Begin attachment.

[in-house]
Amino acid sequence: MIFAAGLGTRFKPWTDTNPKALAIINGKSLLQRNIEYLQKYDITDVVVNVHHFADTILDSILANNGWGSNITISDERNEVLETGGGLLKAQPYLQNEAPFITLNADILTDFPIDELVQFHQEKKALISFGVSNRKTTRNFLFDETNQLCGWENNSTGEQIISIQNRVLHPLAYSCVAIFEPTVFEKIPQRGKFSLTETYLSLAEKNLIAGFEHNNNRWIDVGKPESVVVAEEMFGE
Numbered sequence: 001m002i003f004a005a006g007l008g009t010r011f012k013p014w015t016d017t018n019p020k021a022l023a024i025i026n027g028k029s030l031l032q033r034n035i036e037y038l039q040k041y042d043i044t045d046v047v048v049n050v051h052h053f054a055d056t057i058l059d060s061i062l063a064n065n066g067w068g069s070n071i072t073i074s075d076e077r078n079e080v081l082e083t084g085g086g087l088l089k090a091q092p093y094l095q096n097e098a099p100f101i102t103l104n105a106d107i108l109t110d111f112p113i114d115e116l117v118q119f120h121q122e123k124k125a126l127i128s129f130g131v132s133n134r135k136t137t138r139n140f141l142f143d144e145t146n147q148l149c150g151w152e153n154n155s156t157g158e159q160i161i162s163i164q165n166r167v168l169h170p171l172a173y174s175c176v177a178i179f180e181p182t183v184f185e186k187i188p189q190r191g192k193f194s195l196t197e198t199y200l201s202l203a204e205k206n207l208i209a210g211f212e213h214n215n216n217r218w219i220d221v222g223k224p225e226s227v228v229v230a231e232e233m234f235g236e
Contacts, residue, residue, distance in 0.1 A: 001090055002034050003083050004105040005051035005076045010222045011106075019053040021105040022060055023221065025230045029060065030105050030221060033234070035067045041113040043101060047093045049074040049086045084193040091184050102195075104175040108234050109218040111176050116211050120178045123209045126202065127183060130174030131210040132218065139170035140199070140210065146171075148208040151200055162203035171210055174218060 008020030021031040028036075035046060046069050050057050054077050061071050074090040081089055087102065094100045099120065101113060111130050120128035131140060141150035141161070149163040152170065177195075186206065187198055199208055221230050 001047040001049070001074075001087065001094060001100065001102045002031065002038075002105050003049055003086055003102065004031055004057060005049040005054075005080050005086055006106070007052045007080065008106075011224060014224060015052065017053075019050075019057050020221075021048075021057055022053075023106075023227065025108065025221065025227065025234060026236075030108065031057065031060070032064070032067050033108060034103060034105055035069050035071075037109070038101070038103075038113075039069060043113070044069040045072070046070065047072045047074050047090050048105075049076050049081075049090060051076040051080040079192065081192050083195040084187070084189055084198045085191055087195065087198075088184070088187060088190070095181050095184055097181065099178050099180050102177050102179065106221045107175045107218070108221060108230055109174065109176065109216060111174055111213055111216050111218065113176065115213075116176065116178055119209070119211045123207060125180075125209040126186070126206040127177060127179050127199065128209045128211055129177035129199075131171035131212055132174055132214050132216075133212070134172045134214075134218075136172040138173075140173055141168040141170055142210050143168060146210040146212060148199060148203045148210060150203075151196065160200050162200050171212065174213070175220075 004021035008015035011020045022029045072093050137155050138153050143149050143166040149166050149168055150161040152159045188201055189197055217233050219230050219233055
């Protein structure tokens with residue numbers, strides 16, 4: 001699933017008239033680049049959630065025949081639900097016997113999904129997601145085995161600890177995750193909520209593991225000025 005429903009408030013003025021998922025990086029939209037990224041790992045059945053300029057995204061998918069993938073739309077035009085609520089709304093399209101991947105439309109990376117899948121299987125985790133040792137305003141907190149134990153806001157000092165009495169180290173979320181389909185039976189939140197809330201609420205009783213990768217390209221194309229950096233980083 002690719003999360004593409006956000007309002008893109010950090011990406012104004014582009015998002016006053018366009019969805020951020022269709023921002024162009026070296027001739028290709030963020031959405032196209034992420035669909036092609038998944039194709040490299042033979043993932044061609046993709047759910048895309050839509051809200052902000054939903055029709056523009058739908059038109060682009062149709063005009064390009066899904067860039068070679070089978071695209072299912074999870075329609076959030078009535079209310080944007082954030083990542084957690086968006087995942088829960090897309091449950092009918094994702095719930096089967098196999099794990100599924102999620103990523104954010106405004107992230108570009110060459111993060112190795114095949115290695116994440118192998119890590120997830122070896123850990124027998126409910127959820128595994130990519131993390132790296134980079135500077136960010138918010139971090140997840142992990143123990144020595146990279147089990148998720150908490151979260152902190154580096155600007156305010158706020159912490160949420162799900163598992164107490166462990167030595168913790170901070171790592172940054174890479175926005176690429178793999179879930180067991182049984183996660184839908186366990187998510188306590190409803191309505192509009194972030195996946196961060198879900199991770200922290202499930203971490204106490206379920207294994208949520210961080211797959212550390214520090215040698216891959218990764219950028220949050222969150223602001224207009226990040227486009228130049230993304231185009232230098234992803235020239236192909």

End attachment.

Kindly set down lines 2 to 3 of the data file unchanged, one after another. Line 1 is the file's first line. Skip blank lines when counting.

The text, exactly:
Amino acid sequence: MIFAAGLGTRFKPWTDTNPKALAIINGKSLLQRNIEYLQKYDITDVVVNVHHFADTILDSILANNGWGSNITISDERNEVLETGGGLLKAQPYLQNEAPFITLNADILTDFPIDELVQFHQEKKALISFGVSNRKTTRNFLFDETNQLCGWENNSTGEQIISIQNRVLHPLAYSCVAIFEPTVFEKIPQRGKFSLTETYLSLAEKNLIAGFEHNNNRWIDVGKPESVVVAEEMFGE
Numbered sequence: 001m002i003f004a005a006g007l008g009t010r011f012k013p014w015t016d017t018n019p020k021a022l023a024i025i026n027g028k029s030l031l032q033r034n035i036e037y038l039q040k041y042d043i044t045d046v047v048v049n050v051h052h053f054a055d056t057i058l059d060s061i062l063a064n065n066g067w068g069s070n071i072t073i074s075d076e077r078n079e080v081l082e083t084g085g086g087l088l089k090a091q092p093y094l095q096n097e098a099p100f101i102t103l104n105a106d107i108l109t110d111f112p113i114d115e116l117v118q119f120h121q122e123k124k125a126l127i128s129f130g131v132s133n134r135k136t137t138r139n140f141l142f143d144e145t146n147q148l149c150g151w152e153n154n155s156t157g158e159q160i161i162s163i164q165n166r167v168l169h170p171l172a173y174s175c176v177a178i179f180e181p182t183v184f185e186k187i188p189q190r191g192k193f194s195l196t197e198t199y200l201s202l203a204e205k206n207l208i209a210g211f212e213h214n215n216n217r218w219i220d221v222g223k224p225e226s227v228v229v230a231e232e233m234f235g236e